Two Internet Articles

Baer, J. (2009). Muted Group Theory by Cheris Kramarae. Retrieved August 18, 2009, from University of Colorado at Boulder web site: http://www.colorado.edu/Communication/meta-discourses/Papers/App_Papers/Baer.htm

This paper refers to both theorists Kramarae and Ardener (female and male), and describes there different approaches.

Ardener seeing women as being constructed differently causing differences in the way they act. Defining muteness as being lower in status than the dominate group.

Kramarae differs, defining muteness as the lack of power a group holds. She says that women a perceived as not only holds. She says that women a perceived as not only being less powerful, but also as a group use a different language than the dominant group. This language to men is harder to understand as it is not worth it. Muteness is a dominant-group created problem.

The next section is a case study explaining a work situation where there are two males and four females. Where the two males and one of the females are higher positions and the other three females are there assistants. The female that is in a higher role is there through conversion to the male manners to gain their acceptances, by relation her assistant was also accepted by the males and they listened to both. The other two female assistants were treated as lesser valued workers, while they acted like females they were treated as well by their overheads, but their ideas in relation to the work were ignored or suppressed to gain the clients respect.

The last section is the critique of the theory. The writer of this paper tends to agree with the proposed ideas with the muted group theory. Making points on her own evidence that for the 25 years Kramarae worked on muted group theory there was little change and nothing very big. Not much change in the way women are viewed between 1970's and 1990's.

This paper was very relevant to the mute group theory, it compared the two theorists and gave a real life example, although it would have been more interesting if it was written by a male instead of another female.

McLaughlin, D. (1999). Research report on Edwin Ardener's “Belief and the Problem of Women”. Retrieved August 18, 2009, from Oak University Website http://oak.cats.ohiou.edu/~dm419397/mgres.htm

This is a report on the Edwin Ardener's article ‘Belief and the problem with women'.

The author D.McLaughlin reports on this simular theorist to get a further view of the theory.

Ardener and Kramarae share the same ideas of the theory, that women or the muted group are muted by the unfairness in their language from the male or dominate group. The differences found in the theorist are that Ardener splits his theory in two parts, technical and analytical.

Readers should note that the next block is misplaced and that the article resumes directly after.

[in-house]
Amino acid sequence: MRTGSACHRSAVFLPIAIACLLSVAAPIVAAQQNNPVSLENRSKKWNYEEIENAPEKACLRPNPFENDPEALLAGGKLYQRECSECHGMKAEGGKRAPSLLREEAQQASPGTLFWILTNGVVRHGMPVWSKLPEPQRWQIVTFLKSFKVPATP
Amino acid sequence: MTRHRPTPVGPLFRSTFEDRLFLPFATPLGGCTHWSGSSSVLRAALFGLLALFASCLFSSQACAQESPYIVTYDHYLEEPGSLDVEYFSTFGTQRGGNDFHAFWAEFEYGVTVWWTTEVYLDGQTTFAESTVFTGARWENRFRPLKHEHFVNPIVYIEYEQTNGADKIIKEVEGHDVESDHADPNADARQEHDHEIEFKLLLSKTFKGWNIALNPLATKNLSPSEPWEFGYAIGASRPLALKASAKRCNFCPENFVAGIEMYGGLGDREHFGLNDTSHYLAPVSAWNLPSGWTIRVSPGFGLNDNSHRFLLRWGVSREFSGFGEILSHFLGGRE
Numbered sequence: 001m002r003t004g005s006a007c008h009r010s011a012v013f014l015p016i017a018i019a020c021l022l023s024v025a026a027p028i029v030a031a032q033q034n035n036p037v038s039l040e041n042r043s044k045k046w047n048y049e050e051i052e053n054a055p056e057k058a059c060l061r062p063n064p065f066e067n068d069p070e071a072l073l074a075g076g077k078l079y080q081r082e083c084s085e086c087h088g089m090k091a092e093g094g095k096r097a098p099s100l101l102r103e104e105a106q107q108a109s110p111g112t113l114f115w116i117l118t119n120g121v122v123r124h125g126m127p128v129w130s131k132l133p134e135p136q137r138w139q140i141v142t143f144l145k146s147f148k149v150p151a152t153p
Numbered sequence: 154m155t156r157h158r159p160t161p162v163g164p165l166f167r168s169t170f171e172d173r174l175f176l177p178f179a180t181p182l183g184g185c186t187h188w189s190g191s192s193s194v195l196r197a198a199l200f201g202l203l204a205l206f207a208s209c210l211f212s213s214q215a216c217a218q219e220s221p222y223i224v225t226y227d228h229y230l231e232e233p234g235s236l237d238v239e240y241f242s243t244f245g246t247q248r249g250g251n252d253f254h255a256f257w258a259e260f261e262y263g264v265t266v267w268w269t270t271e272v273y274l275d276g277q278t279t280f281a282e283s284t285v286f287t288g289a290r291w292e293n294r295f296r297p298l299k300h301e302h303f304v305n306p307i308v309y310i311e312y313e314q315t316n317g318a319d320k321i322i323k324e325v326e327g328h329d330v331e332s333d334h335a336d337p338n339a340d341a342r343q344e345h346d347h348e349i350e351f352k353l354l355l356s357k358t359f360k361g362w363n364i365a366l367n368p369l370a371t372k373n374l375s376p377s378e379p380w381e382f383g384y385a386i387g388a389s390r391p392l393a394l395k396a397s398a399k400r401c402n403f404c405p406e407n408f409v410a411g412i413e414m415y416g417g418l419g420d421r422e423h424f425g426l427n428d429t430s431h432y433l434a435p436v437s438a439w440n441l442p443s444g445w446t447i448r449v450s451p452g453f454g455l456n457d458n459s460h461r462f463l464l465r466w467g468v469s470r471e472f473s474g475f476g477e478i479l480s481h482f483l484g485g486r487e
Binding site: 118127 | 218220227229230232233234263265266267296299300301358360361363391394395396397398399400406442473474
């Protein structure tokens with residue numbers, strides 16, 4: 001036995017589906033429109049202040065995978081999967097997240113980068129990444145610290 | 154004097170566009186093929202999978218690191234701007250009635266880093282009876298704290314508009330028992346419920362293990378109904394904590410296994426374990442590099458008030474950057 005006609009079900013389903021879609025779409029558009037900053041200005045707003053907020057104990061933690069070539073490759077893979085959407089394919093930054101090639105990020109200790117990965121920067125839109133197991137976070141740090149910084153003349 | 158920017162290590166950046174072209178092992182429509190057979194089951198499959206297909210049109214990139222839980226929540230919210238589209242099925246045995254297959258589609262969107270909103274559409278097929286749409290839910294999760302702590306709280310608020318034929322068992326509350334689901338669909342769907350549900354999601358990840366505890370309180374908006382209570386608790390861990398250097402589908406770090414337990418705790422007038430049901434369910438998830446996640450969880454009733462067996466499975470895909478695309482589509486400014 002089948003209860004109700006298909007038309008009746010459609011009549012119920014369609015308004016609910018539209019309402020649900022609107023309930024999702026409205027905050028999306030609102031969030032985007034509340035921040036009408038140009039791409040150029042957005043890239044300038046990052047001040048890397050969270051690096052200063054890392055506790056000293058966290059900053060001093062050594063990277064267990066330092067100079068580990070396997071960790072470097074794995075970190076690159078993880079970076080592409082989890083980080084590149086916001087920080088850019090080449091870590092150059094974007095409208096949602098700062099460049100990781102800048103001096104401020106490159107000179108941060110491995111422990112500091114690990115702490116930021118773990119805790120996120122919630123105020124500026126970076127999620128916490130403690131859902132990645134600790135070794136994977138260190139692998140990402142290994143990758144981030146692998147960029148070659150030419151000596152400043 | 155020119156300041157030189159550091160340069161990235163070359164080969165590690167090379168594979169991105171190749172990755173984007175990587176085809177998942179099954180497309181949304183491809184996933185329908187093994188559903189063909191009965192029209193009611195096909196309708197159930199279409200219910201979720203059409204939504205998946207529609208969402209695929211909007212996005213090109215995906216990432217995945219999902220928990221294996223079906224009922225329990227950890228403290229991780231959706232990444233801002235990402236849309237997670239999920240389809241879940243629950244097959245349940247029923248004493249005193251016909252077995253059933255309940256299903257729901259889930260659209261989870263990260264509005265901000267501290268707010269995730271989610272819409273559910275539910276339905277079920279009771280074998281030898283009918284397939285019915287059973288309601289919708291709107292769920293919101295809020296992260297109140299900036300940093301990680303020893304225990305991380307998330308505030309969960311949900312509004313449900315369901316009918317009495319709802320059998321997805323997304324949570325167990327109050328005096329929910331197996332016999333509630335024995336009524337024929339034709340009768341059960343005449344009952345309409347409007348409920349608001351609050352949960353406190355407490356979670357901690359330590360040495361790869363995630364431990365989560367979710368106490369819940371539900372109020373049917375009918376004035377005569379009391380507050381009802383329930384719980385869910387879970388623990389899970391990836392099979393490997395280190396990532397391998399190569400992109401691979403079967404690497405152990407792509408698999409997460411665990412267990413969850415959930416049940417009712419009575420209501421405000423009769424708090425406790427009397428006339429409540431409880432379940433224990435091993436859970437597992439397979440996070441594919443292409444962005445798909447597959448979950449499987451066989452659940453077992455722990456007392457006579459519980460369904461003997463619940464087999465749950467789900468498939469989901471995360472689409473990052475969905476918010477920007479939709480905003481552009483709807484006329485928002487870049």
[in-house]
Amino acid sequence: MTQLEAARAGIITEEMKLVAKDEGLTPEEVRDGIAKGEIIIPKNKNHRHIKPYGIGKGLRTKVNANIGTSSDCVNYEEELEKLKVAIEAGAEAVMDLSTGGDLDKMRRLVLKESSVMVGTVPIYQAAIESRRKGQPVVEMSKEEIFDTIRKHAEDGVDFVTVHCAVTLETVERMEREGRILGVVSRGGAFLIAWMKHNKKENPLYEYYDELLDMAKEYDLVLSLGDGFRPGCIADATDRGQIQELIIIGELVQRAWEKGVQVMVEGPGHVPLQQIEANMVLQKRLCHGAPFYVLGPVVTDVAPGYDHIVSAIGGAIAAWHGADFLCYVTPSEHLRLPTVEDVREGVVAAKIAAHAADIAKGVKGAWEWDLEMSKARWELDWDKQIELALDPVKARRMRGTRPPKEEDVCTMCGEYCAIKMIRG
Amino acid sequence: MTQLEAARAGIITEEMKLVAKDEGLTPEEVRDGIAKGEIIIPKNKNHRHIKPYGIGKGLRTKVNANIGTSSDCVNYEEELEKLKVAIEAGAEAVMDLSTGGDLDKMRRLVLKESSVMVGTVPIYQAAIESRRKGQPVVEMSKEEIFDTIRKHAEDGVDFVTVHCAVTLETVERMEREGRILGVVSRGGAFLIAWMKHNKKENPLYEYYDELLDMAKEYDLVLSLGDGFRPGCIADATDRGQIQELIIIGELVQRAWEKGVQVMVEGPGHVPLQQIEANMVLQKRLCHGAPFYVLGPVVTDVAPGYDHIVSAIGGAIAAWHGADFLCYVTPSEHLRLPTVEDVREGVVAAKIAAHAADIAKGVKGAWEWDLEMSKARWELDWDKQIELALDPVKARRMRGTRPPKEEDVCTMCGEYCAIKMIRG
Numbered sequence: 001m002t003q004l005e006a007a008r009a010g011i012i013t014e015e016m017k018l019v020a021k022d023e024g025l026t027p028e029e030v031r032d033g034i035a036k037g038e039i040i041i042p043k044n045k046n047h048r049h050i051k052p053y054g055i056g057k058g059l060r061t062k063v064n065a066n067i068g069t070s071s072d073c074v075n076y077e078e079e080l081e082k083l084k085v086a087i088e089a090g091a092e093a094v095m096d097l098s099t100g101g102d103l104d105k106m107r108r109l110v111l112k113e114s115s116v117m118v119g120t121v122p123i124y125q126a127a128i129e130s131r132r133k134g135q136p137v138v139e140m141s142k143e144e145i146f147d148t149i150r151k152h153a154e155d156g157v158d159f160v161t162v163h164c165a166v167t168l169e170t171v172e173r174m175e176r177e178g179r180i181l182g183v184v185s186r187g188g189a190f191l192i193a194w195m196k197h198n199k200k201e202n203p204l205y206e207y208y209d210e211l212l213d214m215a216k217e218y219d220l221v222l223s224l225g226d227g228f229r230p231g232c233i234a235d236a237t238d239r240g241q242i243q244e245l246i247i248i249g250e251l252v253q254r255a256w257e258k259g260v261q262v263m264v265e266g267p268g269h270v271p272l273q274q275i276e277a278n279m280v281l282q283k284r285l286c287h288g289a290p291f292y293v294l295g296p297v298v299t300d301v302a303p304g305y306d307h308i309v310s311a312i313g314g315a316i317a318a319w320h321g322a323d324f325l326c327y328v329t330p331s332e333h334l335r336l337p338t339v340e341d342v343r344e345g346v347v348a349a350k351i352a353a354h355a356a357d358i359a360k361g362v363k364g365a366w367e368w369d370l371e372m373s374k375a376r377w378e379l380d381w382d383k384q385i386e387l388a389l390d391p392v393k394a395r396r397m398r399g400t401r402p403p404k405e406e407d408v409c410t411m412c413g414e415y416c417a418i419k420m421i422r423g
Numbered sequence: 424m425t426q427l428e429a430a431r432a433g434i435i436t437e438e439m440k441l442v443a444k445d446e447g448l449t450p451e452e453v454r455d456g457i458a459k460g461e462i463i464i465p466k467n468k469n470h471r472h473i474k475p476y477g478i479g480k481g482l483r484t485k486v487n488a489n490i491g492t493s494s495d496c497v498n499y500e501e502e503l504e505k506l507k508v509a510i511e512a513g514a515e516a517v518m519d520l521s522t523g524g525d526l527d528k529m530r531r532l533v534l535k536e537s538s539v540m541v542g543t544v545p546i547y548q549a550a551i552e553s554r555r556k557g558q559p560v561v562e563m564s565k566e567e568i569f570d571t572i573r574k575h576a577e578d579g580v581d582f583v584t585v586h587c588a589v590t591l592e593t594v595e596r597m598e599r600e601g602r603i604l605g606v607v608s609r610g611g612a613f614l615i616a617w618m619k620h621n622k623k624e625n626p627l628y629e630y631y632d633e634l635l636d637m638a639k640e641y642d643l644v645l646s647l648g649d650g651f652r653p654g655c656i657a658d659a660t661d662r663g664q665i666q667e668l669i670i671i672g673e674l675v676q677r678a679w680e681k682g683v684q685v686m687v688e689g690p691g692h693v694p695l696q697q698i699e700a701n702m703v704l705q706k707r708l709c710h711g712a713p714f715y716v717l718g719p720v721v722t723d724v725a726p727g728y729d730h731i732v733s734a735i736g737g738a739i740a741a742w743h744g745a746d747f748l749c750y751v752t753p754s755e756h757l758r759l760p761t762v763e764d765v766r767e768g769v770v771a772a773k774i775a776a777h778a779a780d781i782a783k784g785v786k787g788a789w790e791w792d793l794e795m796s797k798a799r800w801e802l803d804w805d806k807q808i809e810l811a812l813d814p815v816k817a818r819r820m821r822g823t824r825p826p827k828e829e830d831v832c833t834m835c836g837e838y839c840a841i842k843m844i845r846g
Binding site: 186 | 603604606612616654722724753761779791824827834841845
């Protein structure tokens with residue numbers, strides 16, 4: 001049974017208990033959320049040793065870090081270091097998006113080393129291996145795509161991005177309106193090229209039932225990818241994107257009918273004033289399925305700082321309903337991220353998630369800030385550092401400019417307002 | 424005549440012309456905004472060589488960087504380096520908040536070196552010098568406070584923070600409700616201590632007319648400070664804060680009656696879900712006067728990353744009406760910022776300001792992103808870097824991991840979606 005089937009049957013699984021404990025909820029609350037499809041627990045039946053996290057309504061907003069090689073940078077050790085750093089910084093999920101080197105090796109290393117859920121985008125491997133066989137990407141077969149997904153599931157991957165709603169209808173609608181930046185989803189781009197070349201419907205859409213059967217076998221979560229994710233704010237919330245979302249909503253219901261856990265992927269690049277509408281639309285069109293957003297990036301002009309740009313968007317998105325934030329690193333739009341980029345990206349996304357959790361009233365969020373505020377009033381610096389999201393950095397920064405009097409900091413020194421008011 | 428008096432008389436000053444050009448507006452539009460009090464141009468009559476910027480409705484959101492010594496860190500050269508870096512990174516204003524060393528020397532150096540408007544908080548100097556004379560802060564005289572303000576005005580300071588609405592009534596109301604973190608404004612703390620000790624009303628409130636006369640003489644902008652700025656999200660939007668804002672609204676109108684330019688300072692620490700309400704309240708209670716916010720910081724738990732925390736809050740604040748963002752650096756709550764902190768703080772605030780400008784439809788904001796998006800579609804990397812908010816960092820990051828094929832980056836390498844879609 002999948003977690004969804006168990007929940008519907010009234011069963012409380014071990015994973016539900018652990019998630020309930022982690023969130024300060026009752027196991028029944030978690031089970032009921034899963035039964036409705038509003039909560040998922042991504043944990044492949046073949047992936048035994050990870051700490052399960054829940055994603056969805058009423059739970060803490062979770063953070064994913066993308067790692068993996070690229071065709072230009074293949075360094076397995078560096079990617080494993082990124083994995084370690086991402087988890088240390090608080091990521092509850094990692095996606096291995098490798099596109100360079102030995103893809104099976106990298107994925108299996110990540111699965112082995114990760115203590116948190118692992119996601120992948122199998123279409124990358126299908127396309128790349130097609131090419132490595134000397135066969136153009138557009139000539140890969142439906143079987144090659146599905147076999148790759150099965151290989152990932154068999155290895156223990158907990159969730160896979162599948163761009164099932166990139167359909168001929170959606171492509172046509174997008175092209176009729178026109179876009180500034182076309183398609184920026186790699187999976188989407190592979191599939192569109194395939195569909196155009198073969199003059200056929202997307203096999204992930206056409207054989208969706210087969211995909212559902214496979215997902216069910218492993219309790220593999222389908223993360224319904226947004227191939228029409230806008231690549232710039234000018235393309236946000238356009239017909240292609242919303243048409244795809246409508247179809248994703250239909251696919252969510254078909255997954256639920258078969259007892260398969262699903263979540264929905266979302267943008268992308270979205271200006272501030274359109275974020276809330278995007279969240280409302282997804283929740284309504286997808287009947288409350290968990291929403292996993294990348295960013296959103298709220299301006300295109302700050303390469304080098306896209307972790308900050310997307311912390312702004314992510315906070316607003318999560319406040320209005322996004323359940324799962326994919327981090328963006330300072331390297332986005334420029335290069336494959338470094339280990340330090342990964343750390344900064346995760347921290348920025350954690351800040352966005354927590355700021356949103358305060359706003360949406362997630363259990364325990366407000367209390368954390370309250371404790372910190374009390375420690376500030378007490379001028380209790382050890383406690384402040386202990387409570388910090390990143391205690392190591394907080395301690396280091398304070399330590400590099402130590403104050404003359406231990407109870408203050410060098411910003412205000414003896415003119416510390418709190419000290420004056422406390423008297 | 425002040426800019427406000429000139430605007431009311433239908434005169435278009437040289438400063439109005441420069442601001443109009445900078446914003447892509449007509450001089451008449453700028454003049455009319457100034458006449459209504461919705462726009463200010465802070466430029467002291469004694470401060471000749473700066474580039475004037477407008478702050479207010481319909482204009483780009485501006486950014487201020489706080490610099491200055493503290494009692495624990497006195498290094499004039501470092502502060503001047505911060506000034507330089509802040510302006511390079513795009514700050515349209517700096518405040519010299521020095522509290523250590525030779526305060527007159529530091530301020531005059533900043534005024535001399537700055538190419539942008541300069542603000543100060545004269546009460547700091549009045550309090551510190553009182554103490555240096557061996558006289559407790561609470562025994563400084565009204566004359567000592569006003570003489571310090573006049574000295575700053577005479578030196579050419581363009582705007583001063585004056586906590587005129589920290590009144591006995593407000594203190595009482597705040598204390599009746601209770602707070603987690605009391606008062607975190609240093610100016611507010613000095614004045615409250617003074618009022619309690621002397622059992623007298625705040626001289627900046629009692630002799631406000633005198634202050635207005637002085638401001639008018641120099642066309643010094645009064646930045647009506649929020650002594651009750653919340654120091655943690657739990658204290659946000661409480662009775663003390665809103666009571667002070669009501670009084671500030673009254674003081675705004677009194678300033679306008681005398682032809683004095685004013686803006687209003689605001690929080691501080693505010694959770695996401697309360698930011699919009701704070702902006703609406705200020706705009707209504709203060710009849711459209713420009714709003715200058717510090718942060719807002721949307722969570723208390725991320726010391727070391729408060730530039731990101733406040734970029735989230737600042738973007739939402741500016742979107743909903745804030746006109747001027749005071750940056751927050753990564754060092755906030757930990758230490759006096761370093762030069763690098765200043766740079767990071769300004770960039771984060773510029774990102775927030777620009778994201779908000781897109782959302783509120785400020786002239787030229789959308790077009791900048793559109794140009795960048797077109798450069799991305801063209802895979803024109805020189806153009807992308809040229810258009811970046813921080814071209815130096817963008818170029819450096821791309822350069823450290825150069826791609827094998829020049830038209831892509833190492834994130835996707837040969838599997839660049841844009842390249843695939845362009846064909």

Technical, in which the point of man-made language falls, women that cannot communicate through this dialect are outcast as inarticulate.

Analytical, in which women have to work harder in society to provable and must change to fit the male norms. This was researched through the observation of the Cameroon tribes, where females would have to participate in ‘rite s of passage' rituals including seclusion, tests and rapes. Once past, they would be rewarded with respect and acceptance from the males.

Ardener's; idea of women is that their ultimate goal is to achieve the respect of male to be on a ‘level playing field'.

The author concludes with the idea that this comparison is a symbolic look at our male dominated society in regards to the Cameroon tribes, that women everywhere must adjust their ways to achieve male acceptance.

I found it interesting to read the male theorists take on the mute group theory, although I was disappointed by the fact that there definitions were incredibility simular, I did find that his comparison of the western culture and Cameroon tribes helped me understand the ideas that arise though his take on the theory. While the article was on a male theorist it was written by a female student, I would be more interested to get a purely male take on the theory.

Findings

Background Of Theorist

Cheris Kramarae was born 1938 in South Dakota. Throughout the sixties and seventies she gain a B.S. degree in journalism and English, an M.S. degree in journalism and English and a Ph.D. in speech Communication, she then went on to teach in the speech Communication department at the University of Illinois. She then focused her work in the structure and use of language.

Outline Of The Theory/key Issues

To define muted group theory, the muted group must first be defined. The muted group are not technically mute, but though the language their culture supplies them with, are unable to articulate themselves to the extent of the non-muted or dominate group, the dominate group being the superior group of people in the culture that hold the power to the decisions that define the culture, they take little to no consideration to the non-dominant or muted groups in their culture when creating the norms, through which pushing the muted group further into recession. The muted group theory is the theory through which this group occurs, with the dominate groups invention of the language without the thought of the recessed group. The mute group differs from the dominant though their experiences and perceptions of these.